The Capitals will "raise their first Stanley Cup championship banner in franchise history before Wednesday’s season opener," and fans without tickets to the game are "invited to partake in the celebration from just outside Capital One Arena," according to Scott Allen of the WASHINGTON POST. The banner-raising ceremony and game against the Bruins will be "broadcast on the video board located on the G Street side of the arena." Wednesday’s event "ensures that there will be an audience of people rocking the red during 'NHL Live,' NBC Sports' pregame show, which will broadcast from outside Capital One Arena" starting at 6:00pm ET. As of Friday morning, the "cheapest tickets for Wednesday’s game on the secondary market started around $120" (WASHINGTONPOST.com, 9/28).
It took new Flyers mascot Gritty about 36 hours to "surpass every other NHL mascot in Twitter followers," according to Kevin Durso of SPORTSTALKPHILLY.com. By the end of its first week, Gritty had "over 100,000 followers on Twitter and 48,000 followers on Instagram." Big things are "supposedly in the works for the home opener" Oct. 9, where Gritty is "sure to play a big part in the fanfare." Gritty's first week has "been an eventful one, winning over the fans of Philadelphia and traveling quite a bit." Gritty made an appearance on "The Tonight Show" with Jimmy Fallon, and closed the week by "going to the Phillies game and meeting the Phanatic on Saturday" (SPORTSTALKPHILLY.com, 10/1).
WE ARE ALL GRITNESSES: HBO's John Oliver said Gritty is "clearly the most fun story of the week." Oliver said Gritty is "horrific," and every single photo of him is "appalling." Oliver: "Gritty looks like the end result of the orange McDonald's fry guy hooking up with Grimace." Oliver's show then "aired footage of Gritty repeatedly slipping and falling on the ice," which elicited a "lol" tweet from the Penguins. Gritty "responded to the Penguins tweet with, 'Sleep with one eye open tonight, bird.'" Oliver said, "They're just engaging in some inter-team banter and you've gone straight to, 'I will murder you in your sleep.'" Oliver also noted Gritty has "already done a Kim Kardashian-style photo shoot," and someone has "already got an actual tattoo of him on their body" ("Last Week Tonight With John Oliver," HBO, 9/30). THE MMQB's Albert Breer in his weekly column wrote about Gritty for its "general awesomeness." Breer: "I don't know why they needed him, or where the idea came from, but somehow it was a total home run" (SI.com, 9/30). In Philadelphia, EJ Smith wrote "SNL" also "didn't pull any punches" while talking about Gritty in its "Weekend Update" segment. Colin Jost "had some fun at the expense of the polarizing new Philadelphia figure." It is "safe to assume Gritty has developed a thick skin, at the very least" (PHILADELPHIA INQUIRER, 9/30). ESPN's Elle Duncan said of Gritty, "Listen, it's September and we're talking about the NHL and, in particular, the Flyers, so I feel like they won. That's all you want, for stuff like this to go viral" ("SportsCenter," ESPN, 9/29).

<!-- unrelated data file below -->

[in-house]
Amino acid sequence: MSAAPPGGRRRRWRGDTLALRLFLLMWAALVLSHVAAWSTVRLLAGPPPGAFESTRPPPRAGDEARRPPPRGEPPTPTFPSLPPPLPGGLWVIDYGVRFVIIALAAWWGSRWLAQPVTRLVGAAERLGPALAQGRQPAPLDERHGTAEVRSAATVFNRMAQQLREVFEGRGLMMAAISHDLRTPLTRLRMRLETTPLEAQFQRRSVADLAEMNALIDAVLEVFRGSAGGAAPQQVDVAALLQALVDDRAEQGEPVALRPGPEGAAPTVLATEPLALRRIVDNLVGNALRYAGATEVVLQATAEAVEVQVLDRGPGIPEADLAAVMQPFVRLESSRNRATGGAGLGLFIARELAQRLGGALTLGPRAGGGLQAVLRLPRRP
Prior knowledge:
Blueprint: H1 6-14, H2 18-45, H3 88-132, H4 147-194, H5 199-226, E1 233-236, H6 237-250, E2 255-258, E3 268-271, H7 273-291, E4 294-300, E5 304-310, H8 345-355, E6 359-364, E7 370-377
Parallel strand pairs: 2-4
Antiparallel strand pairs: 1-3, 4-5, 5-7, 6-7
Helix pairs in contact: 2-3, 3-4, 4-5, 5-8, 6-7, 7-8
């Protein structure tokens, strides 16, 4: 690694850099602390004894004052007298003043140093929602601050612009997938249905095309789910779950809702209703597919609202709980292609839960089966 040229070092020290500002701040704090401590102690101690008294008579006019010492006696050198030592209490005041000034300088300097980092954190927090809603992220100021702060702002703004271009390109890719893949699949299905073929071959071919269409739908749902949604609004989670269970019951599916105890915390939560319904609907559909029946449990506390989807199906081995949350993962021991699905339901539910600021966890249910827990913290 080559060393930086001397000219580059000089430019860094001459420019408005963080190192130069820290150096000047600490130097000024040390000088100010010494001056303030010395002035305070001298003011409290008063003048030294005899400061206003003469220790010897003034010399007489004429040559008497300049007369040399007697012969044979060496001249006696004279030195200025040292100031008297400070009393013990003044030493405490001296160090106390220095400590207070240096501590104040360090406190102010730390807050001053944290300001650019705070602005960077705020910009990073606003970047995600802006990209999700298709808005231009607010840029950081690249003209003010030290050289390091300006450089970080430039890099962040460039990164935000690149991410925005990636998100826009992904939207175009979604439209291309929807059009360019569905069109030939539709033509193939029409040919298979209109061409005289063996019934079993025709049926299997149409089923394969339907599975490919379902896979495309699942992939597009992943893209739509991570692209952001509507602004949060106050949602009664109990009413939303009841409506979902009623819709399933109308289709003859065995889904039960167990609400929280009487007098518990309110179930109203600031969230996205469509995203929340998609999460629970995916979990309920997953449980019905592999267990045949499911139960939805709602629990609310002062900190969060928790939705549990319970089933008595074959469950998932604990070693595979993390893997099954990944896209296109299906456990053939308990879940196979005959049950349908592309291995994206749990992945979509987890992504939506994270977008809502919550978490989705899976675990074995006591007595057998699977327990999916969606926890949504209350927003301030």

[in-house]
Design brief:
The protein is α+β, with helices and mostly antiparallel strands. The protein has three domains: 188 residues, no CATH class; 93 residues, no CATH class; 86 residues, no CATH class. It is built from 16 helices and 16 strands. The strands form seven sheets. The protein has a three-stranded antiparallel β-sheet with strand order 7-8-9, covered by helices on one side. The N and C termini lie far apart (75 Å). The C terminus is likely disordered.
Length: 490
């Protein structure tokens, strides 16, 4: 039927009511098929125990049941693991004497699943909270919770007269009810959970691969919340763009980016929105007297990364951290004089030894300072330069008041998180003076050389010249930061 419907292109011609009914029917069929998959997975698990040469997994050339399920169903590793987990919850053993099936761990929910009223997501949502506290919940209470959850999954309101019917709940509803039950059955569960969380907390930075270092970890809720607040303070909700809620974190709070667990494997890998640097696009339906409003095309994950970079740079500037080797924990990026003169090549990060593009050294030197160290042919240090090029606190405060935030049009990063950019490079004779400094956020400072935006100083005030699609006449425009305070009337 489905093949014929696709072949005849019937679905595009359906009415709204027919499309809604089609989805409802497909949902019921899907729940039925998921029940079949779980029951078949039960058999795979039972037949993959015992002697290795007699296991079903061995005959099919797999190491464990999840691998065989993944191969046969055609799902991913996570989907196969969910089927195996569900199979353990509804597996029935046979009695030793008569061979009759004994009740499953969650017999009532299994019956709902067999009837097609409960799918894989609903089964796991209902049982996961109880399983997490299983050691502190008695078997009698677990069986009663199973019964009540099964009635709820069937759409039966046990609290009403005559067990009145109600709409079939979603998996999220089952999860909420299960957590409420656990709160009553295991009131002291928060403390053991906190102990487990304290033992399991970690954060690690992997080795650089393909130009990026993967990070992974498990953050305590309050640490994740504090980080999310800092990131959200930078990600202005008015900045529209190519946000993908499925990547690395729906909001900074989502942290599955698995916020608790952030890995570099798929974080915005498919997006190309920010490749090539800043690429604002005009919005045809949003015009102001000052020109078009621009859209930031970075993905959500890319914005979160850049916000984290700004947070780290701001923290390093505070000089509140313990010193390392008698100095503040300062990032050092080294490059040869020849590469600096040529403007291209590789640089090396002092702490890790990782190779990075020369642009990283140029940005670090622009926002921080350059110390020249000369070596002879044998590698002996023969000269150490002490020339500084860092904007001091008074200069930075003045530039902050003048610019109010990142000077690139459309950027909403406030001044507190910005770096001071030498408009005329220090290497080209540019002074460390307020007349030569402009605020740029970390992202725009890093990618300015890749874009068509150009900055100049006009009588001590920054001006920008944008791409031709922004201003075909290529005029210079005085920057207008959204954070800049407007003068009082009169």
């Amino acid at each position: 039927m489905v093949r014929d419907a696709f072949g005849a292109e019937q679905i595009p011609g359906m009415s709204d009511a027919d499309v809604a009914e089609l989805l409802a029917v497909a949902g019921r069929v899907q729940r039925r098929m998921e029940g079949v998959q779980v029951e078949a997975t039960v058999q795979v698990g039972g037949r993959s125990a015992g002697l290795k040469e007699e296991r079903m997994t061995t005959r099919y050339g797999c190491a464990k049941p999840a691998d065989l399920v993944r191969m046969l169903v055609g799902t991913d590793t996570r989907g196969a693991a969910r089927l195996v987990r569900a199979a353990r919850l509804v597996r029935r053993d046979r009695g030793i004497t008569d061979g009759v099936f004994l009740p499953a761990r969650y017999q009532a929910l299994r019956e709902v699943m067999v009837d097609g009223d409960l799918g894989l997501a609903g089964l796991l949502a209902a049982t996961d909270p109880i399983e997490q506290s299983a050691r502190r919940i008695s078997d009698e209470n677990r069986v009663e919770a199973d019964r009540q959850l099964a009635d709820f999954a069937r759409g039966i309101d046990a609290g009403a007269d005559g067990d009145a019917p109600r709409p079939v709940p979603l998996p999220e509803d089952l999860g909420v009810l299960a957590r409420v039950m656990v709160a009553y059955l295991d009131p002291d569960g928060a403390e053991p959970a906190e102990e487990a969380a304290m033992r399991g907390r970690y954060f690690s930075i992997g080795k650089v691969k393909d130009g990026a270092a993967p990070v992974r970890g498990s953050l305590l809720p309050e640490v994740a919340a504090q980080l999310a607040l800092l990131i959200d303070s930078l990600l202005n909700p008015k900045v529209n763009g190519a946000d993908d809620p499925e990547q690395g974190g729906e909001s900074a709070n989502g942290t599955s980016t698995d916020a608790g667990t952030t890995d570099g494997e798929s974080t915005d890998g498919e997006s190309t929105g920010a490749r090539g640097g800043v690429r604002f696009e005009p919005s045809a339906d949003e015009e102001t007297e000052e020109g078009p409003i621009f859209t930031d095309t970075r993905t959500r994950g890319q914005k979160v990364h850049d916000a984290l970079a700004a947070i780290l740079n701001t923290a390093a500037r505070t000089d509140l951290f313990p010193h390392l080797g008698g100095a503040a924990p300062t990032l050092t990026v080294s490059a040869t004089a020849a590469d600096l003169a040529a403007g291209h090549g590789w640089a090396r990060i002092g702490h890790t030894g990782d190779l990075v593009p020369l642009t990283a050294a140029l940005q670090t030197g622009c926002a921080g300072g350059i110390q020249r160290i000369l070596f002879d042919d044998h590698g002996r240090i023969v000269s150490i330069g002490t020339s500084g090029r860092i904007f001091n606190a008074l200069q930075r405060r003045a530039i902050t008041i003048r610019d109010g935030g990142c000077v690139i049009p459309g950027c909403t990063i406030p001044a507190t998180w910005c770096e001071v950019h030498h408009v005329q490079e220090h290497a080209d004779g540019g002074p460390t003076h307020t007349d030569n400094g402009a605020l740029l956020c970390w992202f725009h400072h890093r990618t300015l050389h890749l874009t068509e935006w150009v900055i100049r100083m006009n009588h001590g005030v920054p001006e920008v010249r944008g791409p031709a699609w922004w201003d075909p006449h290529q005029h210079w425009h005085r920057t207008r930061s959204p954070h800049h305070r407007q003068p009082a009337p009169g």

In San Jose, Kerry Crowley wrote the MLB Giants have a "roster to overhaul, money to spend and big-picture questions about the future of the team to consider," but until the franchise "hires a new leader of its baseball operations department, don't expect any significant decisions to be made." Giants President & CEO Larry Baer, Exec VP/Baseball Operations Brian Sabean and manager Bruce Bochy all "didn't want to speculate about the future because so much will soon change." Baer said that he does not expect to use a search firm to assist in replacing GM Bobby Evans. Baer said, "We may have some firm help with the logistics but I think it's going to be predominantly, a lot of years in the game in this room" (San Jose MERCURY NEWS, 10/1).
DIGITAL BLUES: In St. Louis, Ben Frederickson reported the Blues have "moved to a '100 percent mobile ticketing experience,'" which will "challenge older folks who have a hard time online." The Blues "insist they want those who are having trouble to contact the team." The team plans on "having employees stationed at the doors to make the process as easy as possible." Fans can still "go the will-call route" if they "refuse to comply" with the mobile tickets. The Blues said that they are "willing to work with fans who need alternative options," and that the "earlier fans reach out to the team, the better." In an "ideal world, this eliminates ticket scams and cuts cost" for the team (ST. LOUIS POST-DISPATCH, 9/30).
TEAM PLAYER: In Boston, Christopher Price noted the Patriots recently "held their elections for union reps," and WR Matthew Slater was "voted as primary representative," while S Devin McCourty, LS Joe Cardona and G Ted Karras were elected as alternates. For Slater, it is the "eighth consecutive year he's been involved in the union, which makes him one of the longest-tenured team reps in the league" (BOSTONSPORTSJOURNAL.com, 9/29).